Waste Not Want Not volunteers rescue food for those in need 362 days a year. They work hard to put food in the hands of those in need. For a taste of what volunteers do, read these excerpts from our nomination of JAE as the Celebrate Clay 2011 Outstanding Community Volunteer of the Year:
Waste Not Want Not’s nominee for Outstanding Community Volunteer of the year is JAE. Waste Not Want Not is a volunteer-based organization dependent on volunteers to carry out our mission of rescuing food for those in need, so we have many wonderful volunteers. Each plays a critical role in our carefully choreographed ballet, but occasionally we are blessed by one who contributes much more than we could expect. In 2011, JAE was such a volunteer, willingly devoting enormous amounts of time and effort to our mission. JAE has volunteered with Waste Not for many years and has continued to become more involved each year, taking on more and more tasks and handling them all with constant cheerfulness. JAE helps Waste Not run smoothly; helping us put food into the hands of 4,400 Clay County residents every week (11,000 people a week in all).
On Mondays, JAE arrives at Waste Not’s sorting center at 8:30 am. From then until noon, JAE runs the shop, doing everything needed to ensure that all 4,000 pounds of food typically received on Monday is distributed in a timely manner. JAE warmly welcomes volunteer-drivers who are dropping off the day’s donations, then sorts through the items to select and pack just the right food for each of Monday’s scheduled recipient organizations in time for their arrival. The recipients too are greeted warmly and JAE helps them load the food into their vehicles. JAE coordinates the other volunteers, directs and supervises court-ordered helpers, responds to the inevitable unexpected events, and contacts waitlisted recipients when we have extra food to share. In any spare time, JAE also cleans the bathroom, wipes down the inside of our refrigerators, and sweeps the floor.
Some days, when Waste Not receives lots more food from the larger bakeries than expected (the first two months of the summer last year and the whole month of December, for example), days at the sorting center are even longer. JAE arrived by 8 am to pull towers of food out of the building, just to create enough room to work. While JAE worked, other volunteers, returning from the 6 am Bimbo Bakeries run, would unload new towers by the side of our building. At the end of the morning, JAE would drag these inside into the space just emptied by the efforts of the Monday volunteers.
Early last summer, when Bimbo Bakeries offered Waste Not Want Not four extra truckloads of food a week, our Volunteer Coordinator put out an impassioned appeal for volunteers willing to do a 6am truck run. I thought she was crazy, as we barely had enough volunteers willing to do the Sara Lee and Flowers runs as it was, and those runs take place at a civilized hour. Truck runs have traditionally been the hardest volunteer opportunities for us to fill because of the longer time commitment, the non-airconditioned warehouses, and the physical workout involved.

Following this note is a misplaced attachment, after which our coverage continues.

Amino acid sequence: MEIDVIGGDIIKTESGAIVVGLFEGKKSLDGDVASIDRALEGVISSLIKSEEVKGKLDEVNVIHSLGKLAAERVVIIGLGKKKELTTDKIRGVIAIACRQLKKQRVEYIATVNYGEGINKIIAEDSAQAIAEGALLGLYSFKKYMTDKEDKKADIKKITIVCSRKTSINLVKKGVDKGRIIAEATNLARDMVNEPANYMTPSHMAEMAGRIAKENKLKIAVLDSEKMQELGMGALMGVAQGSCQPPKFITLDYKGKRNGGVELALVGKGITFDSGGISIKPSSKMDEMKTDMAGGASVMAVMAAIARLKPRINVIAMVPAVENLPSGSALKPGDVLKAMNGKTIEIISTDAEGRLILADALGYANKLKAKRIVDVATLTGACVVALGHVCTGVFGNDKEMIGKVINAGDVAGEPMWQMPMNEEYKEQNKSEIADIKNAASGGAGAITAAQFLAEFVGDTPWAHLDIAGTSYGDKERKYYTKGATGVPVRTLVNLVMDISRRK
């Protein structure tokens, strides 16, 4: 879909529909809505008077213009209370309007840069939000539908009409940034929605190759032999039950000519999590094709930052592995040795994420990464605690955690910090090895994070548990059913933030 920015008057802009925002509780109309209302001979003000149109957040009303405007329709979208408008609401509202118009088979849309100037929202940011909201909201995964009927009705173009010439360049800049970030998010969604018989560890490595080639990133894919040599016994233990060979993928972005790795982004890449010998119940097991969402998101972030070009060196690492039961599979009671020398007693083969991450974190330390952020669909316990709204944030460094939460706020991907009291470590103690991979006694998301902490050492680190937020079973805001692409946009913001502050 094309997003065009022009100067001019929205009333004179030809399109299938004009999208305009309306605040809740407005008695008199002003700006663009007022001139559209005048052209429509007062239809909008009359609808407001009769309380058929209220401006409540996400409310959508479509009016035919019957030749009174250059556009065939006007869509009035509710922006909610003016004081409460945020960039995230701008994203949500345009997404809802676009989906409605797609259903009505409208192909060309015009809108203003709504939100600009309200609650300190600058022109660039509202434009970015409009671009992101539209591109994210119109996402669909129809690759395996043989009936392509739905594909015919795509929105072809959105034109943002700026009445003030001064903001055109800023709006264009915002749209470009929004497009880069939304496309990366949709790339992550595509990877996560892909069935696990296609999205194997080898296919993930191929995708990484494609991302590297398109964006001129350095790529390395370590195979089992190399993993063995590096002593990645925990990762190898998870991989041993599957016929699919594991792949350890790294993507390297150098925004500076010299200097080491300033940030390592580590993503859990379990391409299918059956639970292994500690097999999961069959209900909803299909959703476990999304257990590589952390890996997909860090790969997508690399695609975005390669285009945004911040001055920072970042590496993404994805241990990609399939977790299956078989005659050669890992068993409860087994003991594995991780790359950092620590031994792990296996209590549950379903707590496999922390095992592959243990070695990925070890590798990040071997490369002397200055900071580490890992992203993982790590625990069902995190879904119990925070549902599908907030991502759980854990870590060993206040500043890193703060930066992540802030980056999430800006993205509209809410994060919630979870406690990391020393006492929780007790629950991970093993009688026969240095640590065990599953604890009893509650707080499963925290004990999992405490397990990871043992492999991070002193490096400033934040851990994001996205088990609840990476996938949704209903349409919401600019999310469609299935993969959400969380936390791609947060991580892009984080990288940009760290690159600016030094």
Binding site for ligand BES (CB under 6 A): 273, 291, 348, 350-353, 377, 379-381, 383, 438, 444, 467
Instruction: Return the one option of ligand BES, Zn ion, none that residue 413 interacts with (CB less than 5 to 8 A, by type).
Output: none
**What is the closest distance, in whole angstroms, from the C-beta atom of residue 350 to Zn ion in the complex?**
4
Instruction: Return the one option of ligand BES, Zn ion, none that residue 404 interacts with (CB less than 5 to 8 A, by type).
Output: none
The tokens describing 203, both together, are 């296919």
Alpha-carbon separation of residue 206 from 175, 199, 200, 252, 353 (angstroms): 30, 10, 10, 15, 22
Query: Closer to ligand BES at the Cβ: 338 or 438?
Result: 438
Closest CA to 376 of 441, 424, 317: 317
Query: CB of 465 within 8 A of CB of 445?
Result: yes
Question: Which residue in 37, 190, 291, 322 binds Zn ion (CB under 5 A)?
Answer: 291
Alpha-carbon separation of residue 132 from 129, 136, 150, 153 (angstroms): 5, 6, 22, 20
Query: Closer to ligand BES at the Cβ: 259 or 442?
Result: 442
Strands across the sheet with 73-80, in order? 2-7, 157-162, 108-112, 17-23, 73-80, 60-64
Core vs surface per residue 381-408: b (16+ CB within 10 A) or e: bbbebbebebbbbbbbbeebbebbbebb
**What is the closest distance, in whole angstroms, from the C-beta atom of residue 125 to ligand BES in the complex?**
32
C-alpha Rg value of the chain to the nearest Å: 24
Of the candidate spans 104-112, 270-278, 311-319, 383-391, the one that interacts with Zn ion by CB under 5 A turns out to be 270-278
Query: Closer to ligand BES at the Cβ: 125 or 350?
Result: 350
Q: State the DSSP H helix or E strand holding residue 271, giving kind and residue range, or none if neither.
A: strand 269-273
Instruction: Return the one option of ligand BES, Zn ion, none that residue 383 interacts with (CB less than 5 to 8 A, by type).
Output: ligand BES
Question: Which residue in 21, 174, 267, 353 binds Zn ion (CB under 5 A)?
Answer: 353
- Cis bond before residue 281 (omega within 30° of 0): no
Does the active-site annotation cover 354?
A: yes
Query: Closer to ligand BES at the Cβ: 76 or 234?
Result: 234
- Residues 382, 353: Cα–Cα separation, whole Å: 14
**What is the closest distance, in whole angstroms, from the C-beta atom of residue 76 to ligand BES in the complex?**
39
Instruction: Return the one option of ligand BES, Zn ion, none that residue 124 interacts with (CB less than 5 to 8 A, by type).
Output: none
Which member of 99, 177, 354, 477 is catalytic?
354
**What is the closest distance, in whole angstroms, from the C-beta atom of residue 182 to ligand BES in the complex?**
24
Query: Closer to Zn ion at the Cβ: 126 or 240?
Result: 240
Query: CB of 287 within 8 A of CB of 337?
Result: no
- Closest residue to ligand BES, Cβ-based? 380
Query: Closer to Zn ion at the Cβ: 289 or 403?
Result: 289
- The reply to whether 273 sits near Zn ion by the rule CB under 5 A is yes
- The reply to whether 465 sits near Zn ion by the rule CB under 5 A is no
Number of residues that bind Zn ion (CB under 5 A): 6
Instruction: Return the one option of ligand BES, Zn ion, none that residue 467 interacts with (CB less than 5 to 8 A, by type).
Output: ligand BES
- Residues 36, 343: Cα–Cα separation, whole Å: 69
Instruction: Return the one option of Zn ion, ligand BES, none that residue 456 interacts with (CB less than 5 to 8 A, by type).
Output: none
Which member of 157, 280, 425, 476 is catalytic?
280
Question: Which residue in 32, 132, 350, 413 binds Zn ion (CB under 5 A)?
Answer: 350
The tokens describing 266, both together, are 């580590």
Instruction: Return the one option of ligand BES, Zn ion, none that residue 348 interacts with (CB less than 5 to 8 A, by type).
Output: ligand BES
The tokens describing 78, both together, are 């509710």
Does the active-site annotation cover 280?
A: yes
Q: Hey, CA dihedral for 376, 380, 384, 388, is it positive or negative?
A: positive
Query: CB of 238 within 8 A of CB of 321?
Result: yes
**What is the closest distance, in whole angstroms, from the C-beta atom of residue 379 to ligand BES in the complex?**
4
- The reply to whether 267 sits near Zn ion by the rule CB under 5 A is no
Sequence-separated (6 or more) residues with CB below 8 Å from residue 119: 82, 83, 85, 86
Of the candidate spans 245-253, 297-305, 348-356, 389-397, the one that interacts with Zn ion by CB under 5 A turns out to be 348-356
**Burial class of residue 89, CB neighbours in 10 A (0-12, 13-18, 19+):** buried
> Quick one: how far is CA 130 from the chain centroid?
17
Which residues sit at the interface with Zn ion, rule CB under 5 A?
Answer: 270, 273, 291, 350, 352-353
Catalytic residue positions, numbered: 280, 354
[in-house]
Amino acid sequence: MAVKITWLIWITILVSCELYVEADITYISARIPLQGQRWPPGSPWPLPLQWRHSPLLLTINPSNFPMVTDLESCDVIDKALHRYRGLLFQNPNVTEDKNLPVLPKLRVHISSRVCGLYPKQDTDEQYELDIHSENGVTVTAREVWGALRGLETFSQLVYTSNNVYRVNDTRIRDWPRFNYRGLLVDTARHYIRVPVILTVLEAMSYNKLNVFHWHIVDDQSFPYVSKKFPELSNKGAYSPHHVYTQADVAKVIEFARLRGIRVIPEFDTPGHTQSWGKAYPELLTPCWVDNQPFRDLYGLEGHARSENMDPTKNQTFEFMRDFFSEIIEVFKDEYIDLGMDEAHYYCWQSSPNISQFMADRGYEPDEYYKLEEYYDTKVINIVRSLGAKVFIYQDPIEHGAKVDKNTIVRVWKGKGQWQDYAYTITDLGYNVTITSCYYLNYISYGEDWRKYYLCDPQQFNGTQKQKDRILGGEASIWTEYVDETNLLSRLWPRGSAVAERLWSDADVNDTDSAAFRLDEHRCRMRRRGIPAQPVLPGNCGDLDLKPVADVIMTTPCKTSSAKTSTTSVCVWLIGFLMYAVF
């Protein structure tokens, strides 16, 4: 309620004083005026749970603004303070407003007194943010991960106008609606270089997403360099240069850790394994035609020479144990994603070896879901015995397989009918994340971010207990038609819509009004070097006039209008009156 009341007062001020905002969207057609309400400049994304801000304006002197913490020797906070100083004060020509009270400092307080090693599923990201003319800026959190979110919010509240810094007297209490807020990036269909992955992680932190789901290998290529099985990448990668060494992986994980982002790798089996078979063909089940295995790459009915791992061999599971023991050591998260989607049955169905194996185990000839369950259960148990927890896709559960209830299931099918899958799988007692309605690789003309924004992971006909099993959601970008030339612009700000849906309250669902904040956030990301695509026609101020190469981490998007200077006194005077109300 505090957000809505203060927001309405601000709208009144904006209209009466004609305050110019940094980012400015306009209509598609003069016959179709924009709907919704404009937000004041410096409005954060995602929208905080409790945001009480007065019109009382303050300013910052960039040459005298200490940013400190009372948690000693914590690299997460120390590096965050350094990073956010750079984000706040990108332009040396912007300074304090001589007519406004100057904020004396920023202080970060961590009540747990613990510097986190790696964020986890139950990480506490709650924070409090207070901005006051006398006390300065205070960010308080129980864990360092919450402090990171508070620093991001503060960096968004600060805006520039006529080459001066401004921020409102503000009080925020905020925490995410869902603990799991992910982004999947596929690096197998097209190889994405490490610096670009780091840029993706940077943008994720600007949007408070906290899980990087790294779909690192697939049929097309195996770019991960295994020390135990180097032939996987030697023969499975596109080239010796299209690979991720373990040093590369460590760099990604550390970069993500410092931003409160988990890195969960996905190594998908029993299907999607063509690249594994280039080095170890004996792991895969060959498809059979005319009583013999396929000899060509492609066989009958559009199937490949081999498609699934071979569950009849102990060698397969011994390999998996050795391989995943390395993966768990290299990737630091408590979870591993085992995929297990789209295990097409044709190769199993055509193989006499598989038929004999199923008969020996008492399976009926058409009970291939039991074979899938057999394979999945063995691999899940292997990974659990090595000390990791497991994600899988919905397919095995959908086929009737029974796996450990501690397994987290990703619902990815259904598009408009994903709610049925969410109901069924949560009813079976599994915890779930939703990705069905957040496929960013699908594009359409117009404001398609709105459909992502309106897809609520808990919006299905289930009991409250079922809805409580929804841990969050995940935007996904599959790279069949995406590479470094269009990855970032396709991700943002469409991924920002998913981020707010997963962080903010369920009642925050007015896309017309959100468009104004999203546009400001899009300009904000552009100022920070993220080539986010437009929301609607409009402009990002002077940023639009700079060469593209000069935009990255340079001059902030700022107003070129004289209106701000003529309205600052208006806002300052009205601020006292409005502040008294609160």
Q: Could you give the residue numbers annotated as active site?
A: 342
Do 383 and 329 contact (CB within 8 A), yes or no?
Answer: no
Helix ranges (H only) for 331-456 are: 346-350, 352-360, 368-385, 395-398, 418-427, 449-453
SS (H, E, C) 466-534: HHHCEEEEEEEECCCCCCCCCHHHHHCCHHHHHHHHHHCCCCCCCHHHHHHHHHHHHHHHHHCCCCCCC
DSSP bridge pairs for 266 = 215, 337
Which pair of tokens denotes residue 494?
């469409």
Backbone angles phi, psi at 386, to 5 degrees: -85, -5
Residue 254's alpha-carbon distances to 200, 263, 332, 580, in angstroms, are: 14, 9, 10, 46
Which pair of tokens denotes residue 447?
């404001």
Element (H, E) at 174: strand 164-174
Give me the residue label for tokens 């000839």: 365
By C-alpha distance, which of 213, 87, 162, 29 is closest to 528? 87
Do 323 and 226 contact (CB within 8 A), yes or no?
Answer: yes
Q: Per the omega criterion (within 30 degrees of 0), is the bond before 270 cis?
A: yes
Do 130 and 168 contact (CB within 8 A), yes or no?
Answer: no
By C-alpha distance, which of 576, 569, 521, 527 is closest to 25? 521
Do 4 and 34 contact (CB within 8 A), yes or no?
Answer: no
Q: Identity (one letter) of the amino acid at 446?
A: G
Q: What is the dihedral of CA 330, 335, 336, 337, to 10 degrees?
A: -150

JAE was among first to volunteer for the early morning run. JAE gets up early every Tuesday, shows up at building by 6 am for the drive to Bimbo, sorts the product onto trays, stacks trays into towers, loads towers onto the truck, rides back to building, unloads the new food, and then load empty Sara Lee trays for mid-morning run. Then instead of ducking out to go back to bed, since JAE is familiar with the daily routine, JAE sticks around to assist the Tuesday crew if they need help getting started. Our Volunteer Coordinator thought and hoped that JAE’s assistance on Tuesday mornings would only have to be temporary. Unfortunately, we have not yet found enough other volunteers crazy, I mean, dedicated enough to take over this early morning workout, so JAE kindly continues to rise early every Tuesday with a smile.
In addition to the regular Monday and Tuesday commitments to Waste Not Want Not, JAE is always available to help with any serendipitous rescues. When we get a call from the bulk mail warehouse, offering us 2500-3000 pounds of citrus if we can be there within the next two hours, JAE always agrees to go rescue that food. And while others are sometimes willing to do a post office run, none of them stay to sort through what they have delivered; discarding rotten fruit, wiping dry good fruit, and re-boxing the good stuff into clean boxes. More often than not, when one of the Voortmann distributors calls, offering us 200 cases of cookies, JAE is the volunteer ready, willing, and able to pick up that food at a moment’s notice. And after delivering all those cases, unlike most who just drop them off, JAE stays a while to affix “not-for-resale” labels to the packages in several dozen cases “just some will be ready for tomorrow.”
JAE is more than 70 years young, so you might think that the time donated to Waste Not Want Not would be more than enough excitement for JAE each week. But JAE also regularly volunteers at the OP Presbyterian Church, sings in the church choir, chauffeurs other seniors less able to get around, and volunteers at the Orange Park Clothes Closet. Whether at Waste Not Want Not or elsewhere, JAE continually strives to makes others’ lives better.
We believe JAE deserves to be recognized for exceptional service to Waste Not Want Not and to the residents of Clay County. It is not just the number of hours donated, but the positive impact that JAE has on the lives of so many in need that is commendable. We are proud to nominate JAE, aka Joan And Ed Poole, a couple who always volunteer together as one, as the 2011 Peggy Bryan Outstanding Community Volunteer.